In his meeting Saturday, Carter said he praised Iraqi Prime Minister Abadi for "the way this has been accomplished with Iraqi unity"— politician's code for playing nice with the Kurds. Another common formulation is "the Peshmerga force have operated within the Iraqi Security Forces very successfully."
Less unified is the uneasy way Turkey has inserted its forces into Iraq and the Mosul campaign without Iraqi permission. Carter in Ankara on Friday had said there appeared to be an initial agreement between the parties that Turkey should have a military role to play in the Mosul battle and counter-ISIS campaign beyond, and other non-military roles. But Abadi appeared to flatly reject the notion. After meeting Carter, Abadi said, according to a State Department translator, "That is important, for us to have good relations with Turkey. Turkey is a neighboring country but the Mosul battle is an Iraqi battle and the ones who are conducting it are Iraqis. I know that the Turks want to participate, we tell them thank you, this is something the Iraqis will handle and the Iraqis will liberate Mosul and the rest of the territories and thank God Iraqis and Kurds and Turkemans and Christians, they are all fighting together to liberate Mosul. We don't have any problems. If we needed help, we will ask for it from Turkey or from other regional countries."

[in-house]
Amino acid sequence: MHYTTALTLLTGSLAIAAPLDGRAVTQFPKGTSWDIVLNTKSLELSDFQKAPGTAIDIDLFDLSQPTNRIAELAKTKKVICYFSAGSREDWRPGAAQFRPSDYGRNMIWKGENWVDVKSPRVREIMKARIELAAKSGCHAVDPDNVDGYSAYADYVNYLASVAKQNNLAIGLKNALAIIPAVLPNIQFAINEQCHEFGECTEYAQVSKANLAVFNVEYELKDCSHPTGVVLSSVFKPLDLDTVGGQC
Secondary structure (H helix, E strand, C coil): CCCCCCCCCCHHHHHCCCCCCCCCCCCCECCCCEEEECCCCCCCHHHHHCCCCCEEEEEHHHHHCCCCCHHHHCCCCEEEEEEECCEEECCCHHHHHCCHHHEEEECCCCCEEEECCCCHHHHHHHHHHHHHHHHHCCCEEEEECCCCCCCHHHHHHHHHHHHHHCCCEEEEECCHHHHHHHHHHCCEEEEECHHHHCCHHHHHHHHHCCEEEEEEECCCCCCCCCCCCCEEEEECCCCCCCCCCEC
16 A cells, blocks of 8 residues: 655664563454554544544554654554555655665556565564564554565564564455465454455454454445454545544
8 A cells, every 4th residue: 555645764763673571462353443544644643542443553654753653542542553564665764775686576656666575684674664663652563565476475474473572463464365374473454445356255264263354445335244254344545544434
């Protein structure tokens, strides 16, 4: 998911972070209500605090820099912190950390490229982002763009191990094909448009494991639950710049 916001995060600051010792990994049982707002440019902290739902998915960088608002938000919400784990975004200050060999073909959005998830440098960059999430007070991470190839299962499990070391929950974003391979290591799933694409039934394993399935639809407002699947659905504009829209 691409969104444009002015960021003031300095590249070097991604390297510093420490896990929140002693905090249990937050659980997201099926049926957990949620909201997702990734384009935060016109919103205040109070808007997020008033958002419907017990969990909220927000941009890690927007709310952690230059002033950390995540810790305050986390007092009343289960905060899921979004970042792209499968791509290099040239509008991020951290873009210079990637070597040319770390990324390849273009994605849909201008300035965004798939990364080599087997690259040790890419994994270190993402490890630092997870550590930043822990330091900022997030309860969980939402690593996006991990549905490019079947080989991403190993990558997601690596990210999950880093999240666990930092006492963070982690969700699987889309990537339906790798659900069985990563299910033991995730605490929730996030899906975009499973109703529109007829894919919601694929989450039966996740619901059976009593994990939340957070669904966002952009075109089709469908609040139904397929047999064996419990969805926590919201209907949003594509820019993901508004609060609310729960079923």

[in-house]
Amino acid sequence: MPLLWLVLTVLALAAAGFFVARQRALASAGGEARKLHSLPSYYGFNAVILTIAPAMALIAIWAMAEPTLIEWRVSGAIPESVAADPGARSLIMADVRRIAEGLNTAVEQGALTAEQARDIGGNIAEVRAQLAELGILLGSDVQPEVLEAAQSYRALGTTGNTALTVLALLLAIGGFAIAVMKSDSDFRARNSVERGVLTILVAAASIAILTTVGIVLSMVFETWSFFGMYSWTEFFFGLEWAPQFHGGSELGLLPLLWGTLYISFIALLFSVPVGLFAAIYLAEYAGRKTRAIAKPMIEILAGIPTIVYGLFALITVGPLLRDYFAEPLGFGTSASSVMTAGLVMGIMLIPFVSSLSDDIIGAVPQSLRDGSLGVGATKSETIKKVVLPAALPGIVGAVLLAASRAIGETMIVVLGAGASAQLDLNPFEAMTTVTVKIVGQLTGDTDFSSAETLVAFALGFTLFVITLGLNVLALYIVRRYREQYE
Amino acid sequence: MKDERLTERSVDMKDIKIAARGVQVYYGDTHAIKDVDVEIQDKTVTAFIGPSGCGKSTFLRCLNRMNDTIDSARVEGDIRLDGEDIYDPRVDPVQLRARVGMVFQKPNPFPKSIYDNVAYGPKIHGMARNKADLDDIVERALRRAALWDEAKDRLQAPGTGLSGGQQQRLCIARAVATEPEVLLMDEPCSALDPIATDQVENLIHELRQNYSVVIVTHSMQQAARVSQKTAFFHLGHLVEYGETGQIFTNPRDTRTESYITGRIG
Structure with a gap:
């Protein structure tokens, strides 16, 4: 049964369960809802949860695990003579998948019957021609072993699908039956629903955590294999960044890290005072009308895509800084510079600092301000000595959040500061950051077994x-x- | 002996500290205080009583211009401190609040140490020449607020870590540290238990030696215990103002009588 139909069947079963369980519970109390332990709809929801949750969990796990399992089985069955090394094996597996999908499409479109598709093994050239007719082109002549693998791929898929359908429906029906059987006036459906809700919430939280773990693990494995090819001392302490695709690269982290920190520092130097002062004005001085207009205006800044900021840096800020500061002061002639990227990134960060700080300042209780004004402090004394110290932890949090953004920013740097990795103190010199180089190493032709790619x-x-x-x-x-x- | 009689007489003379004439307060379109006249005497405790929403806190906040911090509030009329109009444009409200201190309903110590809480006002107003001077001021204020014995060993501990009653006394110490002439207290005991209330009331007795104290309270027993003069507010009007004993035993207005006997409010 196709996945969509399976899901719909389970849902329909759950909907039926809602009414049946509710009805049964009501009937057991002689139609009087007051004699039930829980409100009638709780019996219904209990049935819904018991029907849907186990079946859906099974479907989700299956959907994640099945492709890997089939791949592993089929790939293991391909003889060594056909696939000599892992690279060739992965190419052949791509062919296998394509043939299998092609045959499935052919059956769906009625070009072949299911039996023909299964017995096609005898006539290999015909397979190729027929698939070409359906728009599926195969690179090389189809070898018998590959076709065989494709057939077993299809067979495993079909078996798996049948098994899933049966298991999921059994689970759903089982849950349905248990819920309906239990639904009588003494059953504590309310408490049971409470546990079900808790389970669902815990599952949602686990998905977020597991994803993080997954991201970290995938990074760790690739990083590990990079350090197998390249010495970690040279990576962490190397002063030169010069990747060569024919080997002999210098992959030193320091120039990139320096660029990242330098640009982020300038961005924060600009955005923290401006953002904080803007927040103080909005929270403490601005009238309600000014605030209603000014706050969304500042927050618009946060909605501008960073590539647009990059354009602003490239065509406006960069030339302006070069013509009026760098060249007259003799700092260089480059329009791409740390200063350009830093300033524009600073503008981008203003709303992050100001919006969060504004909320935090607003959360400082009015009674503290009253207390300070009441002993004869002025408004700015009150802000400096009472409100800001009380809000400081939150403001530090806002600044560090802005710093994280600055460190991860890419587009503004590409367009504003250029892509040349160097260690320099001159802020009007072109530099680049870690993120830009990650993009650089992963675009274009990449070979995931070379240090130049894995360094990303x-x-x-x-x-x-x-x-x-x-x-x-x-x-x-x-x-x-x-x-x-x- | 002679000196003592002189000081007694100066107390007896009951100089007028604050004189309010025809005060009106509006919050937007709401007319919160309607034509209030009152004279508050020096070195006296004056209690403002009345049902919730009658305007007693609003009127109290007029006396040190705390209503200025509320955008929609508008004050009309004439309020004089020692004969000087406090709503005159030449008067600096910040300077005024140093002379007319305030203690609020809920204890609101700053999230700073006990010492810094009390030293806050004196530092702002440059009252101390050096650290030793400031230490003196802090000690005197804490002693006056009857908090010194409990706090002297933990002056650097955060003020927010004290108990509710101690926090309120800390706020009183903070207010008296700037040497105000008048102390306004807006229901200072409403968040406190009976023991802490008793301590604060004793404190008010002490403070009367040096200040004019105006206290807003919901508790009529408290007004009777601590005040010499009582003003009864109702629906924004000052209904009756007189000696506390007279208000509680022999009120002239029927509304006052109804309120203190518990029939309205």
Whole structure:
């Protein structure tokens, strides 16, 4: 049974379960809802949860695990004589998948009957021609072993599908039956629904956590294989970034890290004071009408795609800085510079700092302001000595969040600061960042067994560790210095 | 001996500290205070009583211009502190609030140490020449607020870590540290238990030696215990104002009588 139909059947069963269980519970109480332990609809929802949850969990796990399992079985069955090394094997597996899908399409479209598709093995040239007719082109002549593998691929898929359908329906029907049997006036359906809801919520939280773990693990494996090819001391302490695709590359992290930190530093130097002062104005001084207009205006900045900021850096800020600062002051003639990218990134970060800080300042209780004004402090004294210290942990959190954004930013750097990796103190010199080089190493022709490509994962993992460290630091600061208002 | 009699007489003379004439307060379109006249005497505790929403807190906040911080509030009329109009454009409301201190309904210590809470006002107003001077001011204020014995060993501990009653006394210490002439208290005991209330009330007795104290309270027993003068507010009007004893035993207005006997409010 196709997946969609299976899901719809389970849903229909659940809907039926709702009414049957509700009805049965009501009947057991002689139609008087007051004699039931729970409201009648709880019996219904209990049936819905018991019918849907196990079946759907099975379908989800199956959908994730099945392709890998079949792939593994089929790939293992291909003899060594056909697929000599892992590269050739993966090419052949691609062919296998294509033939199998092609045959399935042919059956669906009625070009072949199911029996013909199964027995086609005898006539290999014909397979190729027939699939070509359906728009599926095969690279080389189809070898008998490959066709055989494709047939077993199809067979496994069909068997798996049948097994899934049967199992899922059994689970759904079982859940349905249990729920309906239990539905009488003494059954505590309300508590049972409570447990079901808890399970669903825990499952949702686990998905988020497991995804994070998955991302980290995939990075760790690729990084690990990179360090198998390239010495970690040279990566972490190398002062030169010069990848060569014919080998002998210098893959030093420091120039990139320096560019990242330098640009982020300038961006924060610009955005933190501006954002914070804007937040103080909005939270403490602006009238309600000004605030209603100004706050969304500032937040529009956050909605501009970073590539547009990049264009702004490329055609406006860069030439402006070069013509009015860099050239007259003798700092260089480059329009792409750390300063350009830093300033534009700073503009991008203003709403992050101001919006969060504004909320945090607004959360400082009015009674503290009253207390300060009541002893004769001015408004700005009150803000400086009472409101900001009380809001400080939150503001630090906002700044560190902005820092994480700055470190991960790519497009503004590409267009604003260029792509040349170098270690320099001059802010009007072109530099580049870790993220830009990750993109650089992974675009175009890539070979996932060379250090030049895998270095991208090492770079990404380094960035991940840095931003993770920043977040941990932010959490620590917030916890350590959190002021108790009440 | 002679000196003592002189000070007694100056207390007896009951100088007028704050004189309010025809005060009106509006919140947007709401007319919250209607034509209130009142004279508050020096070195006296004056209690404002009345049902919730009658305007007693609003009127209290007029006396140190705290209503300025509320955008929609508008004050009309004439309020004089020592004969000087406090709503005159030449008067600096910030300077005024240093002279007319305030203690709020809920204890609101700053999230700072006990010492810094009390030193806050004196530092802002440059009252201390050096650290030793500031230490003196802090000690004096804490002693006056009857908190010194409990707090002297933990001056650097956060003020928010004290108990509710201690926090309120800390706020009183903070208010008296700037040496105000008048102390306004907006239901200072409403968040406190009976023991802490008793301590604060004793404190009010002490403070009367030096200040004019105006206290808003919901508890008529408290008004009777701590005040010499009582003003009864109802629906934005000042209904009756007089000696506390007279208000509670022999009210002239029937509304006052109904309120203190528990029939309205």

But first the coalition will need to get past layers of defenses ISIS has built over the past two years, including berms, booby-trapped houses, and trenches filled with oil the U.S. believes ISIS is waiting to ignite.
Yes, ISIS built a flaming moat.
It's likely to end up on YouTube alongside reams of war footage appearing in real time on social media sites. Such clips reveal, among other thing, the presence of American special operators amid forward units, as well as Apache helicopters firing downward – in other words, U.S. forces in combat.
Obama administration officials have struggled to maintain their insistence that U.S. military intervention in Iraq and Syria is limited and putting relatively few Americans in harm's way. There is nowhere near the 150,000-troop presence at the height of the Iraq War. There are roughly 5,000 U.S. military personnel in Iraq today, but an untold number of other CIA and other U.S. agency operators, specialists, and private military contractors flowing in and out of the region. U.S. military officials in Baghdad on Saturday said that force also includes U.S. artillery units who from afar are striking ISIS positions and providing cover for advancing Iraqi, Kurdish and U.S. forces.
Not on the U.S.-Iraqi battle plan was a massive sulfur leak near the key staging base of Qayyarah West, south of Mosul, causing troops to don gas masks and limit outdoor activity until Pentagon officials could determine if the air was safe. Air samples have been sent to the Defense Threat Reduction Agency, or DTRA, for analysis, said Col. John Dorrian, military spokesman for Combined Joint Task Force-Operation Inherent Resolve, or CJTF–OIR.
"So we're on the way, I'm encouraged by the progress to day, I'm confident what the result will be," Carter said. The secretary continues his visit to the region this weekend before heading to Paris and Brussels next week for additional meetings with defense leaders of the ISIS coalition and NATO.